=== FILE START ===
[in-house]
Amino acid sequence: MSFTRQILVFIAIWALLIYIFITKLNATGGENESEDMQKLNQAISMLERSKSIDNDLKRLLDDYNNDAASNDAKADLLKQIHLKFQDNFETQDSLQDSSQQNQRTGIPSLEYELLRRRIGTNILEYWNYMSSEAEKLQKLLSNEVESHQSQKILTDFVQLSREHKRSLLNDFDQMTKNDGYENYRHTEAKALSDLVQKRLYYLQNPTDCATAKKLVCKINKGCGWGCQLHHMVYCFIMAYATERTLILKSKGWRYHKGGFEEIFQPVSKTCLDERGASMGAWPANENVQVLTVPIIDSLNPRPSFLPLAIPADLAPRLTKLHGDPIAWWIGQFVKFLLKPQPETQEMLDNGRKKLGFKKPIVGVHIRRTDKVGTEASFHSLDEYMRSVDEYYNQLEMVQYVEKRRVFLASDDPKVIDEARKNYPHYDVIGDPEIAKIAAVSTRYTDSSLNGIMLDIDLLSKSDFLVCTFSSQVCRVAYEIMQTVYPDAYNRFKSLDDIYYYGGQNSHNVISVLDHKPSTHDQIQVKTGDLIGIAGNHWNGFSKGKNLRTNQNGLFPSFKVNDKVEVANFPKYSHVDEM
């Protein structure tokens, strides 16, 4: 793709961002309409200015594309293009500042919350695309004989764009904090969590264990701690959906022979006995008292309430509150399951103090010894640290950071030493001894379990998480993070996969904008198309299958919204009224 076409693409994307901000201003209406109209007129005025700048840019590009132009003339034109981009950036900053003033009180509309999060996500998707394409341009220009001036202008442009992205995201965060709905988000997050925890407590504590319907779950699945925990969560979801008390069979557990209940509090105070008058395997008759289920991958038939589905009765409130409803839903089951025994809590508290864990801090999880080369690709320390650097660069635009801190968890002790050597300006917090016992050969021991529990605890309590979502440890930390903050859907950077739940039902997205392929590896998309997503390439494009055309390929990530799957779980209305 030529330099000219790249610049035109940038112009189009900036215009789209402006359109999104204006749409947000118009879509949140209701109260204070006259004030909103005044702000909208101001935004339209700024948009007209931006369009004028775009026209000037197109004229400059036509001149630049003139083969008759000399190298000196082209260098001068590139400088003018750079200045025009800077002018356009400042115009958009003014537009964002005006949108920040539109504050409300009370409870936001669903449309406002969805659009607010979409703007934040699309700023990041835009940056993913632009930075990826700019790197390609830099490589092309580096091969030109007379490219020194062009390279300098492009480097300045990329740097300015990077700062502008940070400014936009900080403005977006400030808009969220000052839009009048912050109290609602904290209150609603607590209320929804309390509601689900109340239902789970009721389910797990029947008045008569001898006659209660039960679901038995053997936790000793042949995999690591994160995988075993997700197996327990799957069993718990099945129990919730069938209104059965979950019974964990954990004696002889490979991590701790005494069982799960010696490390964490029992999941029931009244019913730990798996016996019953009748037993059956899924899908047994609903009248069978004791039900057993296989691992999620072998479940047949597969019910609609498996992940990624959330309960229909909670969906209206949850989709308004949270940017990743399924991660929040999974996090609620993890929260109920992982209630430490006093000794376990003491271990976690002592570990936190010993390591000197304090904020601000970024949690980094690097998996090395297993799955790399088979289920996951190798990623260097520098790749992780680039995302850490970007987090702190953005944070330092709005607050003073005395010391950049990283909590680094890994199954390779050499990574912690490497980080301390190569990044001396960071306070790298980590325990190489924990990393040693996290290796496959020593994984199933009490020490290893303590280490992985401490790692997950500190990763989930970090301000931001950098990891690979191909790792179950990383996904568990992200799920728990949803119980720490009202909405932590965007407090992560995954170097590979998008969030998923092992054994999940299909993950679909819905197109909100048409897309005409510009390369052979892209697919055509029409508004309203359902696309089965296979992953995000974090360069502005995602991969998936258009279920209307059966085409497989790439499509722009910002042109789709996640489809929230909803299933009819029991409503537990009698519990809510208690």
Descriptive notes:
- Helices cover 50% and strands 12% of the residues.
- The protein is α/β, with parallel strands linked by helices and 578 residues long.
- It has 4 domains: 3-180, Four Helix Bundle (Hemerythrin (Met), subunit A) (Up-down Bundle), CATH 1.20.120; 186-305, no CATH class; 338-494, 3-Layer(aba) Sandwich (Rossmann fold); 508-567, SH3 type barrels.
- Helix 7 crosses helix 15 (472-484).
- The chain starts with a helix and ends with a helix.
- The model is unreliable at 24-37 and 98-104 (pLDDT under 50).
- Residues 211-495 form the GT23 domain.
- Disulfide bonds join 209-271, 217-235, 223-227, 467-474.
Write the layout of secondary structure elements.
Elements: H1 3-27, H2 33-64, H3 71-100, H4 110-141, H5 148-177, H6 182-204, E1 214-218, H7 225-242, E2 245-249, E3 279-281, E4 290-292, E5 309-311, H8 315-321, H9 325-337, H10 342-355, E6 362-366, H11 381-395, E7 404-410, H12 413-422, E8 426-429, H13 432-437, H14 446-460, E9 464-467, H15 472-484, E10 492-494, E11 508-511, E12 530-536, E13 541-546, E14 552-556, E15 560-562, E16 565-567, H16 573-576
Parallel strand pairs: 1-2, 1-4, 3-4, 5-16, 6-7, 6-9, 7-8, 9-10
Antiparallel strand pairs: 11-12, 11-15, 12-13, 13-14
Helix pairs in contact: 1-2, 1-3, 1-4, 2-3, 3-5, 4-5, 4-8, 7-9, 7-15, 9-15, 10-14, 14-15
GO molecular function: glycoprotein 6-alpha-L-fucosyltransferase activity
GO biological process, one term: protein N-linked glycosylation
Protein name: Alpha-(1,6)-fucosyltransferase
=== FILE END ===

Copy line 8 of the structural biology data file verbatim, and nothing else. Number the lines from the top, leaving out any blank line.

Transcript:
- Helix 7 crosses helix 15 (472-484).